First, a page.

Week 147 (30 July - 5 August 2016)
Later tonight, the whole world will turn its attention to Rio de Janeiro. After years of preparation, the moment has finally arrived: the greatest show on earth and first Olympic Games to be held in South America is about to begin.
Three billion people are expected to tune in to the Opening Ceremony at the Maracanã Stadium this evening, hoping to soak up the carnival atmosphere as 300 dancers and 5,000 volunteers put on the performance of their lives. But for a very particular group of people, this moment will be extra special.
For the 207 athletes chosen as flag bearers, tonight represents an acknowledgement of all they have achieved, a chance to inspire everyone watching and an opportunity to unite their team as they prepare to impress on the world stage. Among them will be Michael Phelps - the most decorated Olympian in history - who was chosen by his fellow Team USA athletes to represent his country in the Parade of Nations.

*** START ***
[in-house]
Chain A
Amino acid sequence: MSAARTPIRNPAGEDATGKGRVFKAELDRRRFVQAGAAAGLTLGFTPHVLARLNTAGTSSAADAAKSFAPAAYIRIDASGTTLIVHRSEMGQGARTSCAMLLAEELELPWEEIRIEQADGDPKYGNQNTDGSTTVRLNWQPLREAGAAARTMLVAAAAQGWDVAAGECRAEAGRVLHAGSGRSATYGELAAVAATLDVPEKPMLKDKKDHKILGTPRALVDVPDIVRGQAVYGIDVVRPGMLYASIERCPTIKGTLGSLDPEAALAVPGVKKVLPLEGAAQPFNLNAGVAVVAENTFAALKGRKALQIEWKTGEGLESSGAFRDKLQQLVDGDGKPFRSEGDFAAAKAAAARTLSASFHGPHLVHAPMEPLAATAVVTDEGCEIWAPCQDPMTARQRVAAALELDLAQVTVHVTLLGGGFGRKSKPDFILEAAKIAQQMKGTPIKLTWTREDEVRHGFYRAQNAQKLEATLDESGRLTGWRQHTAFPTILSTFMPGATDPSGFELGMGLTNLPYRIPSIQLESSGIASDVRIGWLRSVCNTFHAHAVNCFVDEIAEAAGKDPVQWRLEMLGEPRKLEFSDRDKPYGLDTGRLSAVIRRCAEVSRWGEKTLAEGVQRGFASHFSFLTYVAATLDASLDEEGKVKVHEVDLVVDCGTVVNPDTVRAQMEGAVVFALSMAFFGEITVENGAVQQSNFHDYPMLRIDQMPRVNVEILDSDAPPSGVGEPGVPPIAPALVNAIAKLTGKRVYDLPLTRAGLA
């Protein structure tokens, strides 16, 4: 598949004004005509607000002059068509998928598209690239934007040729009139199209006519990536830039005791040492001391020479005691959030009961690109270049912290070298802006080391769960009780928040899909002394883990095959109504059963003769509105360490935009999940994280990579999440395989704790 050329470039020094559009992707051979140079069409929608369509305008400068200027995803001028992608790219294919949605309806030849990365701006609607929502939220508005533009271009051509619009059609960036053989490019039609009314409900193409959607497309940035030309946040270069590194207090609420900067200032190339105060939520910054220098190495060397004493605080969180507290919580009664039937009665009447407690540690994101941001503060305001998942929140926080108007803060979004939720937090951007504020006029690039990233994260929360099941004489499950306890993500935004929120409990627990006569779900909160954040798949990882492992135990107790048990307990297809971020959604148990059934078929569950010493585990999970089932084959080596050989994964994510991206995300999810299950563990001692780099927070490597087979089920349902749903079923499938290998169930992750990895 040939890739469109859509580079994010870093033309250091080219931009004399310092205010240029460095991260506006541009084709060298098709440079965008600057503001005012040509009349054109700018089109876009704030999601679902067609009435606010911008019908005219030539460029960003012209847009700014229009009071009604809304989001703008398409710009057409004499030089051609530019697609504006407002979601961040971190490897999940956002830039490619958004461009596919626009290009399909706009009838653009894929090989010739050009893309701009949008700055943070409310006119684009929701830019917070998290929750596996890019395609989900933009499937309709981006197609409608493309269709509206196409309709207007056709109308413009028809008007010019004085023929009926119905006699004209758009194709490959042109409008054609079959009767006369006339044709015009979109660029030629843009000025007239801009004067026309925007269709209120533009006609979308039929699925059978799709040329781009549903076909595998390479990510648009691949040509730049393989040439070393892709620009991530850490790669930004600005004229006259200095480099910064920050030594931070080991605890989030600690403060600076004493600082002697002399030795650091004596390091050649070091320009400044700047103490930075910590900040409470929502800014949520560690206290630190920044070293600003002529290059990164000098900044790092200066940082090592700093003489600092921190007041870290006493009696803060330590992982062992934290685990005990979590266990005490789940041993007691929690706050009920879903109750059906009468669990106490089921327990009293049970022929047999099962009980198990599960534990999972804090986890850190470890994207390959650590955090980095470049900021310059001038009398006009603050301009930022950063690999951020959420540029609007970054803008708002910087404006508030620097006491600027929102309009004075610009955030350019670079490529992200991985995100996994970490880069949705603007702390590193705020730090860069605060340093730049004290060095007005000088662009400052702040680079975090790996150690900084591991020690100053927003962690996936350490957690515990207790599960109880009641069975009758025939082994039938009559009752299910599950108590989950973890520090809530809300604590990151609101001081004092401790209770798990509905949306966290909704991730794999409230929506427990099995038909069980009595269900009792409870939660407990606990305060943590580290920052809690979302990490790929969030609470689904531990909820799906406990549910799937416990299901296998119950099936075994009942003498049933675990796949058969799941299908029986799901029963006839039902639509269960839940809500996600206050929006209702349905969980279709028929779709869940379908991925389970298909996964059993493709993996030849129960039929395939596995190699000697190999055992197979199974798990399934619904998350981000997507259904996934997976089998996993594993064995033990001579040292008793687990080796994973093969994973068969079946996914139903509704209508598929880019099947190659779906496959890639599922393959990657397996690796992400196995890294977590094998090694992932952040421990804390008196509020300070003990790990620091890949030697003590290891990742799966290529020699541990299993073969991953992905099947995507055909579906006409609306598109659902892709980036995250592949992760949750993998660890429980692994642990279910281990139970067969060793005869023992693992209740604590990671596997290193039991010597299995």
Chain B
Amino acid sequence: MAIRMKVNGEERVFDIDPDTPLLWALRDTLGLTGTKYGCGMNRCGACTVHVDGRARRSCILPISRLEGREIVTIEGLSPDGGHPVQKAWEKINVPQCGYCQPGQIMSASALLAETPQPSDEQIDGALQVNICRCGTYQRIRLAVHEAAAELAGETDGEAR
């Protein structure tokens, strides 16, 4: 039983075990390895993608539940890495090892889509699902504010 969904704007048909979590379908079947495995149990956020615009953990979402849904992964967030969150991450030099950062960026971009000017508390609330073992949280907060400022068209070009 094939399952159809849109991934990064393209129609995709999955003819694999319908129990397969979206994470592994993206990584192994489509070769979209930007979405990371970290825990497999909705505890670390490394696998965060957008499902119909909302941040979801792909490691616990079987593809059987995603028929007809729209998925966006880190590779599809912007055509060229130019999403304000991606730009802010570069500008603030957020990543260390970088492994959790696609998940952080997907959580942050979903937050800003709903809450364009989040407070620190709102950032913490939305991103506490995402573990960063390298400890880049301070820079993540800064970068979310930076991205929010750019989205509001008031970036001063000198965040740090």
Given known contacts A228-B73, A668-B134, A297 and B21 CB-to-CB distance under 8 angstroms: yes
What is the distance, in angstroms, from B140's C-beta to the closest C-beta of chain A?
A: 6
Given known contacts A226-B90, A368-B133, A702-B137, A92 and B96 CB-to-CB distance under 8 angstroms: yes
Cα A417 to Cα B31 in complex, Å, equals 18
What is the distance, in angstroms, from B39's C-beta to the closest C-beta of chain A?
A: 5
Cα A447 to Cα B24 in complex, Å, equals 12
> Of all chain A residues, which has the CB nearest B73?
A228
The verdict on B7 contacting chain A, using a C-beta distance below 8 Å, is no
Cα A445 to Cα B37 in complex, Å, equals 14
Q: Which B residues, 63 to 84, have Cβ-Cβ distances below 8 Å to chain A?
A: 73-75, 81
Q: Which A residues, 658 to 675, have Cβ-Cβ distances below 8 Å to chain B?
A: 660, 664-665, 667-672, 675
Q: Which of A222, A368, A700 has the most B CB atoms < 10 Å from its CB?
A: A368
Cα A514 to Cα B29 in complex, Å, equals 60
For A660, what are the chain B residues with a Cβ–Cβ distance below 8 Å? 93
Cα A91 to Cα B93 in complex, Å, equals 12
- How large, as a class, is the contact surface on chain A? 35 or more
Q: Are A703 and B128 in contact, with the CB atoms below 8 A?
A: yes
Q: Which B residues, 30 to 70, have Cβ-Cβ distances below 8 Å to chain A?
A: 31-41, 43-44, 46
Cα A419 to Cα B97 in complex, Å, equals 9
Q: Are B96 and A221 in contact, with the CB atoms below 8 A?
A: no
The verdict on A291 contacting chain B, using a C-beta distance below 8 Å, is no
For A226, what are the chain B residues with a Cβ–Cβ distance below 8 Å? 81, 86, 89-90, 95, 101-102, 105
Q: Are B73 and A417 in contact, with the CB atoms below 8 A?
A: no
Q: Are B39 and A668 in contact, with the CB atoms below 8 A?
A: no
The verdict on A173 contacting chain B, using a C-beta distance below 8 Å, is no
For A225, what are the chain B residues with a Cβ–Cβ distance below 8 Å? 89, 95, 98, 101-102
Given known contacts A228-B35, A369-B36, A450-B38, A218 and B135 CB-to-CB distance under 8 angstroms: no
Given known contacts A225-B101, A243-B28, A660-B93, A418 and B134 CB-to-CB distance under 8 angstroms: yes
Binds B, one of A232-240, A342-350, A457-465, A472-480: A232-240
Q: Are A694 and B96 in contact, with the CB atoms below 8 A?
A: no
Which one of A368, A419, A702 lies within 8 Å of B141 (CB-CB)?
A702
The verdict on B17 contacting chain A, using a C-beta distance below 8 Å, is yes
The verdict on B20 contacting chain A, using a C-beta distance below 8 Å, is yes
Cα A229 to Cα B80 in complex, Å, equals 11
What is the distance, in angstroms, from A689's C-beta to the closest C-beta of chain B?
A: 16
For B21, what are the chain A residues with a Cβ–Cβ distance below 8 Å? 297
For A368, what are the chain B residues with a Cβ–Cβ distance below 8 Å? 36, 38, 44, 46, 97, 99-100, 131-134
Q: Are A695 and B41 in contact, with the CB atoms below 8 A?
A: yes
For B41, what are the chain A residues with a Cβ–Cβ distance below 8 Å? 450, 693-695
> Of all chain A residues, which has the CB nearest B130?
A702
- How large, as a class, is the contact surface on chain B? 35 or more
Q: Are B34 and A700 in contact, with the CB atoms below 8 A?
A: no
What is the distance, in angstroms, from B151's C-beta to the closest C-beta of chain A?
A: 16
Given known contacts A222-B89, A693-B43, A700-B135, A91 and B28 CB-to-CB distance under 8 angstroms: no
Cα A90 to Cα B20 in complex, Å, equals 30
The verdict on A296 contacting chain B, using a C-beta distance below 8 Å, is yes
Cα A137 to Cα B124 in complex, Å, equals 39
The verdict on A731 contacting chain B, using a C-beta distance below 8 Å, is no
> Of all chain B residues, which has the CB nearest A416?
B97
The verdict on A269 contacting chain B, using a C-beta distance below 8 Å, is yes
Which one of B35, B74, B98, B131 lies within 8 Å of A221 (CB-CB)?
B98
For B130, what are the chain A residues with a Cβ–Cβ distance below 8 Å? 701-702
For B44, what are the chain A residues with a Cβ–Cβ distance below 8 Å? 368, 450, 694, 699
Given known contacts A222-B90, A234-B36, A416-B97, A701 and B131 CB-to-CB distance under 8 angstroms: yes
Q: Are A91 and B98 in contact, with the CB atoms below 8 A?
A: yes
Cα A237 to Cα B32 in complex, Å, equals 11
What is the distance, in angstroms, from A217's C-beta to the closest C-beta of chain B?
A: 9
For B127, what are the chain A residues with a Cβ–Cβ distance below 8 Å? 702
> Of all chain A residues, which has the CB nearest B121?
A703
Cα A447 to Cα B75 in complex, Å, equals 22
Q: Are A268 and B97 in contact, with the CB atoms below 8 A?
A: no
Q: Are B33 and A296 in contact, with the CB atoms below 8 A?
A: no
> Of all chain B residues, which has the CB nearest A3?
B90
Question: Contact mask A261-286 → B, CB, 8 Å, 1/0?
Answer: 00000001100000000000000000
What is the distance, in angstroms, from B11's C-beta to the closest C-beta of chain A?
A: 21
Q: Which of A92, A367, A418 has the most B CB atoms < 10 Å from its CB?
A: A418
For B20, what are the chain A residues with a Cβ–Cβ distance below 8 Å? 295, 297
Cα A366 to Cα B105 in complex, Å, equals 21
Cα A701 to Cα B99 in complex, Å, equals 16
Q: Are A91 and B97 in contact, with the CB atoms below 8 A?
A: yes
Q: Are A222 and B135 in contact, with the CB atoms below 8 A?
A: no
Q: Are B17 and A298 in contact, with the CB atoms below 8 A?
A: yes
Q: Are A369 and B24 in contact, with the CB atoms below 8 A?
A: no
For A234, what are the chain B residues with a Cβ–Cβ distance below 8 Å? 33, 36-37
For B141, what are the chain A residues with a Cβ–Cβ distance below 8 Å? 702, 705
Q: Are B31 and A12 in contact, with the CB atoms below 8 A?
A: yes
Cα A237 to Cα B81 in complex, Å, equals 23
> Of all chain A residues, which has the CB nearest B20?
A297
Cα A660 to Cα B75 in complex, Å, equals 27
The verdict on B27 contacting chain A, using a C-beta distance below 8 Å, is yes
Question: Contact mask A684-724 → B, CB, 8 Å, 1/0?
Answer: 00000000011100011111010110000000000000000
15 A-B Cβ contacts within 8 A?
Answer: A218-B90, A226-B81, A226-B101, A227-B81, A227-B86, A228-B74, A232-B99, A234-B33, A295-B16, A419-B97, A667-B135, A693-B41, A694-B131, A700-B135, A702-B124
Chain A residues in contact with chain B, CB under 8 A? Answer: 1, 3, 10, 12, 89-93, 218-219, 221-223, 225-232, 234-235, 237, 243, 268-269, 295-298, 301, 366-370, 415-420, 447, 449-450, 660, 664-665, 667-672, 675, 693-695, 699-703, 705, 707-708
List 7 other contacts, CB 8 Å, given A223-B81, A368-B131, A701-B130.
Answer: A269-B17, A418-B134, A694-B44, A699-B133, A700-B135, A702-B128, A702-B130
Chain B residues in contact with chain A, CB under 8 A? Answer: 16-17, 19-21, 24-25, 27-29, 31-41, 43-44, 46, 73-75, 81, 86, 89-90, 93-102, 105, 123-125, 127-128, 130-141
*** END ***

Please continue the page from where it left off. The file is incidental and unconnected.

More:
It isn't difficult to see why they chose him. Making his Olympic debut in the pool at Sydney 2000 when he was just 15 years old, Phelps has broken a string of world records and competed at a total of four Games, boasting a historic Olympic medals' haul of 22, of which 18 are gold.
With a sporting career that impressive, there doesn't appear much left for the swimmer to achieve.
But this is clearly a man unsatisfied with settling. Having gone into retirement after London 2012, Phelps is back for an unbelievable fifth Olympic Games and proving his determination to keep on trying, even if there is apparently nothing left to try for. Everything Phelps does seems to say "there is always more" and this is a message he was keen to convey as he accepted the honour of flag bearer.
"For Sydney, I just wanted to make the team. For Athens, I wanted to win gold for my country. For Beijing, I wanted to do something nobody else had done. In London, I wanted to make history. And now, I want to walk in the Opening Ceremony, take it all in, represent America in the best possible way and make my family proud. This time around, it's about so much more than medals."
Phelps teaches us that, no matter how much we think we have accomplished, we can always push ourselves further, always dare to hope for more. This lesson in human perseverance will be reinforced over the next two weeks in Rio as we come together to witness incredible feats of endurance and perhaps, even, uncover another sporting legend. Bring on the Opening Ceremony. Bring on the Olympic Games!